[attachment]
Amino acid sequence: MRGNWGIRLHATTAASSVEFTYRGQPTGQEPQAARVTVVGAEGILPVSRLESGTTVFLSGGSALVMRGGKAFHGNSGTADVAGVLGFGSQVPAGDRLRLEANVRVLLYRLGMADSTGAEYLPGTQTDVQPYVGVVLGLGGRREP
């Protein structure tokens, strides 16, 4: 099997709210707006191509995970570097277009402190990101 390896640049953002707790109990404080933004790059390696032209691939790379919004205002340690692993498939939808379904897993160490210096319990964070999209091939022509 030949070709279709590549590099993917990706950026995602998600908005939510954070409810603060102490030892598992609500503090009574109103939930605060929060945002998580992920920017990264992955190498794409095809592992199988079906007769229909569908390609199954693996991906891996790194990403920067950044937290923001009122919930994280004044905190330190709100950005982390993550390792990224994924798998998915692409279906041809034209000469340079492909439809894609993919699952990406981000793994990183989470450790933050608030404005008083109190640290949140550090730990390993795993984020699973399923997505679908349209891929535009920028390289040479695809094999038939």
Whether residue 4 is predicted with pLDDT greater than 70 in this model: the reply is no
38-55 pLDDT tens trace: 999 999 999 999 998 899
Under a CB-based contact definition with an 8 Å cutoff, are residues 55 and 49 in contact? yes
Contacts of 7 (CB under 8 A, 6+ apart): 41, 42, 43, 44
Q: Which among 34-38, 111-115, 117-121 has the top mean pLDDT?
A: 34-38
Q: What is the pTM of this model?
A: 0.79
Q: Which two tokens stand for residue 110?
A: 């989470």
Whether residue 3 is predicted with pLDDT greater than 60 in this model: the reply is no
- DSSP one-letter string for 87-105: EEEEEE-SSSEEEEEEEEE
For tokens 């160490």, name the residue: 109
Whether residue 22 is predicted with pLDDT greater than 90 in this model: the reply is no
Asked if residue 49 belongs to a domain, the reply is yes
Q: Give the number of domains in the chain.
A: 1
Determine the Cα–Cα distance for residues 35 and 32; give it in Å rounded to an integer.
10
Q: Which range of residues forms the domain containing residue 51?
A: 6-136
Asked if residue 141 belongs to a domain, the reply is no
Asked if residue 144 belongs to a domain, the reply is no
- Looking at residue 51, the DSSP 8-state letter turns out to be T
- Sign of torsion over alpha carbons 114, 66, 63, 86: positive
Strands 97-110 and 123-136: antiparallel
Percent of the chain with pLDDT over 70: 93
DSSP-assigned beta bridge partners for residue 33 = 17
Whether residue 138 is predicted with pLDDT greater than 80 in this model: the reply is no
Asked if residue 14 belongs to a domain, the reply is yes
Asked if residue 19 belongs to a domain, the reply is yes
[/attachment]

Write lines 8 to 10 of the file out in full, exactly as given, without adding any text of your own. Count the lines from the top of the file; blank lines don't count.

A: 34-38
Q: What is the pTM of this model?
A: 0.79